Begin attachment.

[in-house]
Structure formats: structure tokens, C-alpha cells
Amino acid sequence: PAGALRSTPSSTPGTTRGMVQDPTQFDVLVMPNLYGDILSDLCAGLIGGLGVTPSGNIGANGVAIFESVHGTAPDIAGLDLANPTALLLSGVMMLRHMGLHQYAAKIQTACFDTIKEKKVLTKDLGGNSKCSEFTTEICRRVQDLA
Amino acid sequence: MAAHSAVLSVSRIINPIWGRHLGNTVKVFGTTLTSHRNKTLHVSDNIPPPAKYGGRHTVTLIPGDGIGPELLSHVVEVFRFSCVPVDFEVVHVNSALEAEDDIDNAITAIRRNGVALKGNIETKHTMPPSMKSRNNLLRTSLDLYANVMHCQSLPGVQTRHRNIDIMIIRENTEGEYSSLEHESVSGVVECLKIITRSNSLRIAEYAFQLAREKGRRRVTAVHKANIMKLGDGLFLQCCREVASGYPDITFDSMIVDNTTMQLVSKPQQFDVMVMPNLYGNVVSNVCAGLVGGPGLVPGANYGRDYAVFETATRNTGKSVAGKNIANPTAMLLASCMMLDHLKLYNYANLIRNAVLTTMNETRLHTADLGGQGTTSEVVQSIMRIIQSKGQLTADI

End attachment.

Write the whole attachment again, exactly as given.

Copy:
[in-house]
Structure formats: structure tokens, C-alpha cells
Amino acid sequence: PAGALRSTPSSTPGTTRGMVQDPTQFDVLVMPNLYGDILSDLCAGLIGGLGVTPSGNIGANGVAIFESVHGTAPDIAGLDLANPTALLLSGVMMLRHMGLHQYAAKIQTACFDTIKEKKVLTKDLGGNSKCSEFTTEICRRVQDLA
Amino acid sequence: MAAHSAVLSVSRIINPIWGRHLGNTVKVFGTTLTSHRNKTLHVSDNIPPPAKYGGRHTVTLIPGDGIGPELLSHVVEVFRFSCVPVDFEVVHVNSALEAEDDIDNAITAIRRNGVALKGNIETKHTMPPSMKSRNNLLRTSLDLYANVMHCQSLPGVQTRHRNIDIMIIRENTEGEYSSLEHESVSGVVECLKIITRSNSLRIAEYAFQLAREKGRRRVTAVHKANIMKLGDGLFLQCCREVASGYPDITFDSMIVDNTTMQLVSKPQQFDVMVMPNLYGNVVSNVCAGLVGGPGLVPGANYGRDYAVFETATRNTGKSVAGKNIANPTAMLLASCMMLDHLKLYNYANLIRNAVLTTMNETRLHTADLGGQGTTSEVVQSIMRIIQSKGQLTADI